My friend Chris, who is an occasional — but not obsessive — Wikipedian, recently noted how challenging it can be to track the various elections and so forth in the Wikipedia world. This was, I think, a very astute observation in a discussion that began around “Gamergate,” a particularly controversial case being heard by the English Wikipedia’s Arbitration Committee. Much like the politics of government entities, the politics of Wikipedia can be very hard to understand, if you’re not deeply enmeshed in the relevant day-to-day activities…or even if you are! But many people — perhaps all of us — have a stake in the healthy functioning of Wikipedia, so it’s important to engage with these processes.
So, let’s look at a current example. Yesterday, an election for “stewards” began; it will be open until February 28, which gives you some time to get up to speed. Let’s take a broad look at what’s going on; in this blog post, I assume only a minimal understanding of Wikipedia and Wikimedia.
First, what is a steward? In broad strokes, a steward is charged with doing administrative work across many wikis — especially those which have very small communities. Stewards can do anything an administrator can do, and then some — on any wiki in the Wikimedia family. That means Wikipedia in hundreds of different languages, plus sites like Wikivoyage, Wikimedia Commons, etc. Look here for a more thorough explanation, plus a list of all active stewards.
Like many positions of trust in the Wikimedia world, stewards are expected above all to act with equanimity; in general, they should enforce broad consensus, and seek it out where it is not clear; they should not take bold action in the absence of consensus. In this respect, a steward is a very different kind of position from the Arbitration Committee; ArbCom is expected to take decisive action where the consensus process has not been effective. Stewards have the technical ability to act as an administrator on any wiki; but they are expected to refrain from acting as an administrator where locally elected administrators are available and capable of taking action. The purpose of having stewards is, generally speaking, to make sure that very small wiki communities don’t get overrun by spammers, or coopted by people driving an agenda rather than working toward the Wikimedia movement’s shared goals. To that end, competence in several languages is considered a very important attribute for a steward.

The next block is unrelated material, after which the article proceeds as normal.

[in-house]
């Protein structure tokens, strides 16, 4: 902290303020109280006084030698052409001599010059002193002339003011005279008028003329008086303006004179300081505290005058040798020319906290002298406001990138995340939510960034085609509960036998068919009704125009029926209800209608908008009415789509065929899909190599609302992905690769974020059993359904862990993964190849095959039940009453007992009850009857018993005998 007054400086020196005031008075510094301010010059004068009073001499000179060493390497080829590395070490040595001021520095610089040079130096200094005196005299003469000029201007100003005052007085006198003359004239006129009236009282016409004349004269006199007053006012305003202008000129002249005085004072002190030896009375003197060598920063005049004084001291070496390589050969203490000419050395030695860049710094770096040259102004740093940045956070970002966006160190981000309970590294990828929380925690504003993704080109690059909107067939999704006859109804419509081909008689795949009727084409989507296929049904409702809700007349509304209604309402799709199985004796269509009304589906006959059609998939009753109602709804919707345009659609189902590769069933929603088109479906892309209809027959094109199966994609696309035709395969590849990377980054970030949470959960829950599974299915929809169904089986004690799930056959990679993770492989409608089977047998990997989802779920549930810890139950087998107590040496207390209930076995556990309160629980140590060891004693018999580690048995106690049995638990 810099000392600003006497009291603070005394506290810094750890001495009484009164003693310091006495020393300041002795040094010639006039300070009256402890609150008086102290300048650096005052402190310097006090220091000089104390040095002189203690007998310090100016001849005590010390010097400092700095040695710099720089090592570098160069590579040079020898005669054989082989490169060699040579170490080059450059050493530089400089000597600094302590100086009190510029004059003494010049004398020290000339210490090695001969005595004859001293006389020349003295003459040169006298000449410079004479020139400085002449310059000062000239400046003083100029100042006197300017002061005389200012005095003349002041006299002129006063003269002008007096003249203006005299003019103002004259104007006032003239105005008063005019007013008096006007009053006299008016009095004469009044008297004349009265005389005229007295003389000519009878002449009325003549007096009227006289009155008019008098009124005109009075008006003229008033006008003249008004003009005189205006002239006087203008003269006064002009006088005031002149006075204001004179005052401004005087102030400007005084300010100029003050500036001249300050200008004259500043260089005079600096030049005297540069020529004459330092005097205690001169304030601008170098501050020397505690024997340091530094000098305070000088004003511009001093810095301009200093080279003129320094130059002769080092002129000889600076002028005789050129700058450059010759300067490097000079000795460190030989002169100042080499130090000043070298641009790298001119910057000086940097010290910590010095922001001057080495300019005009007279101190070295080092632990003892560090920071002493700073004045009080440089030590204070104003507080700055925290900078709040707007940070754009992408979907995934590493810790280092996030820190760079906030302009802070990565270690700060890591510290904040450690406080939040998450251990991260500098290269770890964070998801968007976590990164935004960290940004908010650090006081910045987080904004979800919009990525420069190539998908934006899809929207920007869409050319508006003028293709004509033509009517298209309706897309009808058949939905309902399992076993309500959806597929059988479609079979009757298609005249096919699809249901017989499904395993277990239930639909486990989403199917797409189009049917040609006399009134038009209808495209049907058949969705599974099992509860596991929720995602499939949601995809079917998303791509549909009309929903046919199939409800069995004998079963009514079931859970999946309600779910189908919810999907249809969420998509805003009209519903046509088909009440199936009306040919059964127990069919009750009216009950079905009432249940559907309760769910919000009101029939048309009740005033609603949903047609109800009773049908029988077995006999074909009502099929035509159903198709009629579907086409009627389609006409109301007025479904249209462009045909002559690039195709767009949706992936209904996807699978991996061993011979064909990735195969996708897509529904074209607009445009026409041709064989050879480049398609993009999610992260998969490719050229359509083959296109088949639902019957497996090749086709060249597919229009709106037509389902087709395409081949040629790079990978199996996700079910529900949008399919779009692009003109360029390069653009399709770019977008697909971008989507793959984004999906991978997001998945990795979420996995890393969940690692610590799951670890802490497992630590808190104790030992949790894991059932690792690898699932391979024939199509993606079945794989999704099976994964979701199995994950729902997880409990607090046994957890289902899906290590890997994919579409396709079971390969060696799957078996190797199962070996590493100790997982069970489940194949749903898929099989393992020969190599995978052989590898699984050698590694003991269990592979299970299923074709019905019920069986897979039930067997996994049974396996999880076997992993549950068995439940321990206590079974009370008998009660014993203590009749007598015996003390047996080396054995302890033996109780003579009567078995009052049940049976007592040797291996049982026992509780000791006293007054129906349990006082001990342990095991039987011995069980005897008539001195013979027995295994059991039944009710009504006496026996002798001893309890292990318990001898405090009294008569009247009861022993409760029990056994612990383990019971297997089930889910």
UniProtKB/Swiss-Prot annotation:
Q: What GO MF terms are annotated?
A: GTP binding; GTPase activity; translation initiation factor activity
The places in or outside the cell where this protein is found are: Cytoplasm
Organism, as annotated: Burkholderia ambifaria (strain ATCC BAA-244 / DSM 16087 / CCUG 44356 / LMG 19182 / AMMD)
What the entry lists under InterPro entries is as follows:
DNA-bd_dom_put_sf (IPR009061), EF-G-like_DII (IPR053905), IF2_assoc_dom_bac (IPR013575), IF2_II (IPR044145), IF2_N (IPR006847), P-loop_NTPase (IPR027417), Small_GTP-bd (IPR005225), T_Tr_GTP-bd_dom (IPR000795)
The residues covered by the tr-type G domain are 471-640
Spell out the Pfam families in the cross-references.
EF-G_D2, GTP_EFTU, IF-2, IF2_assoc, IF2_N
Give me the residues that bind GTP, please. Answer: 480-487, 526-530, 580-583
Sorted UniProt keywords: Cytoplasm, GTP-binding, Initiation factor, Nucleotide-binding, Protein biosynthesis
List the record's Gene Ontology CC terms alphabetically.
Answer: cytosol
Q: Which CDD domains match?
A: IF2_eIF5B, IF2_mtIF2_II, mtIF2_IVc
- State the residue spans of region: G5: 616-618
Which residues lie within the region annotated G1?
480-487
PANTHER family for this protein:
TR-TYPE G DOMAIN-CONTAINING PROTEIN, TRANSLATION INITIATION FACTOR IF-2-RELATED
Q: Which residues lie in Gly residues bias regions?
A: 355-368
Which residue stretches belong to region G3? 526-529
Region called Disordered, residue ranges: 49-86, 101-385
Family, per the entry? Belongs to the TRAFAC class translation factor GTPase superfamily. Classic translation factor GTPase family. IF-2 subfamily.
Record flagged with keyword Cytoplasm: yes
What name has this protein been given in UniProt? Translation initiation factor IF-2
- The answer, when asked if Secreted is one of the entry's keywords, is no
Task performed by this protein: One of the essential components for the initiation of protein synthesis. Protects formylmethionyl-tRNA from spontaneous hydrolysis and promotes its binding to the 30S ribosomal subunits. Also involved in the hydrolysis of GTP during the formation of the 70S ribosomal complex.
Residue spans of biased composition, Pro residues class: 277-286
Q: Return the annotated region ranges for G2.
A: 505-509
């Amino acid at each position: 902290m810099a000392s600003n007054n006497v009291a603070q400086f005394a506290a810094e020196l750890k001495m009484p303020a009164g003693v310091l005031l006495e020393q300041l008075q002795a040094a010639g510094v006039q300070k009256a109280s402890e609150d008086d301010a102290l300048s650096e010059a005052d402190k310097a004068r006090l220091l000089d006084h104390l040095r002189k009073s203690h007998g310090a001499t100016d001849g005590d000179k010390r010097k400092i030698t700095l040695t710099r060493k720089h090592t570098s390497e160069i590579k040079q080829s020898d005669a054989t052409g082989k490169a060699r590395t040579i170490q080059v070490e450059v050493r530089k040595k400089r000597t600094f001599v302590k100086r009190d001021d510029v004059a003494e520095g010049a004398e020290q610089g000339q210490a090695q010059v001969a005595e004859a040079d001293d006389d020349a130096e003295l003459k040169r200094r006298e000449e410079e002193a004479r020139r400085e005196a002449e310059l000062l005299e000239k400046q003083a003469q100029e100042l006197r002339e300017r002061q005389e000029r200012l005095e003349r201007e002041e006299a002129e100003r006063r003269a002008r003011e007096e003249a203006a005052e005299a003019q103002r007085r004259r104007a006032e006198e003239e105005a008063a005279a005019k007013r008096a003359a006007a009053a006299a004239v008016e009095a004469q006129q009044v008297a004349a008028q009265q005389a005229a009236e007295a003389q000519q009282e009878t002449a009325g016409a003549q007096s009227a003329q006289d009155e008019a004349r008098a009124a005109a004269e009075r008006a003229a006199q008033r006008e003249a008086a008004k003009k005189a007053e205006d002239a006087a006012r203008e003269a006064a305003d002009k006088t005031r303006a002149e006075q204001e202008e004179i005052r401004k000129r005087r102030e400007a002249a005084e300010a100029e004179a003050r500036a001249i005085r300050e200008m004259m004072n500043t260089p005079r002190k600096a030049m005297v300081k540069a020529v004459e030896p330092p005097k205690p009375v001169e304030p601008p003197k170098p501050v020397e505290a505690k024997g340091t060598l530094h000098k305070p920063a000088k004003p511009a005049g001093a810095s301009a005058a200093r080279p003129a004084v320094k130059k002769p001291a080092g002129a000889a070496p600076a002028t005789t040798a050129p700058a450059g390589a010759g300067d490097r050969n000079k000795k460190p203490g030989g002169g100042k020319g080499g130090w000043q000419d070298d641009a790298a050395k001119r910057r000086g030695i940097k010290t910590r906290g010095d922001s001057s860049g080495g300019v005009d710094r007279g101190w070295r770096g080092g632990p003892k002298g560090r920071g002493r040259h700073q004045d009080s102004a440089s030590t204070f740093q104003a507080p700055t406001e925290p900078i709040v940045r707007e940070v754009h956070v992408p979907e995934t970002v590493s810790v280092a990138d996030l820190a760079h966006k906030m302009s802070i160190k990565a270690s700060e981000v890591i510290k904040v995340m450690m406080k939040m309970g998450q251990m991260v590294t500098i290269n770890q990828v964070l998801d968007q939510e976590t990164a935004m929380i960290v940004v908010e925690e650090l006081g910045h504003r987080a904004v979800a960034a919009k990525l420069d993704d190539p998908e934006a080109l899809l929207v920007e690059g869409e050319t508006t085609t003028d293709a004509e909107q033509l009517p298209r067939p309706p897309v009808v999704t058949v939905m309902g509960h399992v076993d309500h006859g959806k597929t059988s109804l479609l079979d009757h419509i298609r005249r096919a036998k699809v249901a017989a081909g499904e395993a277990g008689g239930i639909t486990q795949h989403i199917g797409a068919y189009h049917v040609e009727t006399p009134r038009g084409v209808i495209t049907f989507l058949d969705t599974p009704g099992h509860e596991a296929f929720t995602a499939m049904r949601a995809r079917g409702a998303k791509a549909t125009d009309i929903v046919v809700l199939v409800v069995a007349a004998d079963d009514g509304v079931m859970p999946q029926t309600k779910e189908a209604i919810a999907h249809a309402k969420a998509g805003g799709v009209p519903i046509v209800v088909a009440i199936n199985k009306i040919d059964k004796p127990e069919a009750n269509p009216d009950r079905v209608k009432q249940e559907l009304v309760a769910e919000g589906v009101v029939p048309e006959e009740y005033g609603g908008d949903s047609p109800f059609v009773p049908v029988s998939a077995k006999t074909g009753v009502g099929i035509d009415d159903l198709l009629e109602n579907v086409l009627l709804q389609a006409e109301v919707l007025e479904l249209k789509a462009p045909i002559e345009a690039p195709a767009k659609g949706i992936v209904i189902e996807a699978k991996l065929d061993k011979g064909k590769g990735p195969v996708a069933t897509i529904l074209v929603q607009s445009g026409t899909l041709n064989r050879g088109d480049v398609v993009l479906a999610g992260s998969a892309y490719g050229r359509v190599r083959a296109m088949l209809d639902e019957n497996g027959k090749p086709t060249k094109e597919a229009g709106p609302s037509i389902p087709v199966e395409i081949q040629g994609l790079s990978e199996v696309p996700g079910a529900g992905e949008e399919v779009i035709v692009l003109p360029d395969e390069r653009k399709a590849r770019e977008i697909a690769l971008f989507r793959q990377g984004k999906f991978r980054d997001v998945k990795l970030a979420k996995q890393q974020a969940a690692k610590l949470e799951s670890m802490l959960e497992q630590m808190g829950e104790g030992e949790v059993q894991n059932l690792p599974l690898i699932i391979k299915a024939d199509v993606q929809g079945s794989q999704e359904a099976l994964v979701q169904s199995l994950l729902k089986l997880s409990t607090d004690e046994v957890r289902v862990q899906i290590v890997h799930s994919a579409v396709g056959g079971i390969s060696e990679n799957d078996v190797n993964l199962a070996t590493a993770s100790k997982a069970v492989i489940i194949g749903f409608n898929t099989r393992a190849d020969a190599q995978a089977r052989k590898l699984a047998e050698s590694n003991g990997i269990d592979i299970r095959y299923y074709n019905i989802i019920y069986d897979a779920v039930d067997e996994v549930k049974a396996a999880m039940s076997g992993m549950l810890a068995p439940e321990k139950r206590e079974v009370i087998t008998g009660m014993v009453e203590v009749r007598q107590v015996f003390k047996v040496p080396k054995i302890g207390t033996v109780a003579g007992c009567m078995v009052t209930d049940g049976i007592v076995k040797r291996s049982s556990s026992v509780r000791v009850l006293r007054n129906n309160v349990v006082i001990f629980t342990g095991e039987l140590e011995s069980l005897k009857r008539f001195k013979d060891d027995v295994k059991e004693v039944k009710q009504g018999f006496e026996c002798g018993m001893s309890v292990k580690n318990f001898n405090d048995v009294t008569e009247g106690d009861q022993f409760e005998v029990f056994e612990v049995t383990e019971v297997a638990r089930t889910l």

There are some eligibility requirements to vote. These vary from one election to another; in this case, you need to have an account on “meta wiki”; it needs to be linked to accounts on other wiki(s); and you need to have at least 600 edits across all wikis prior to November 2014, and at least 50 in the last 6 months.
With that, I encourage you to take a closer look at the election page, and read the candidate statements. And leave a note if this has helped you get better acquainted with our election processes!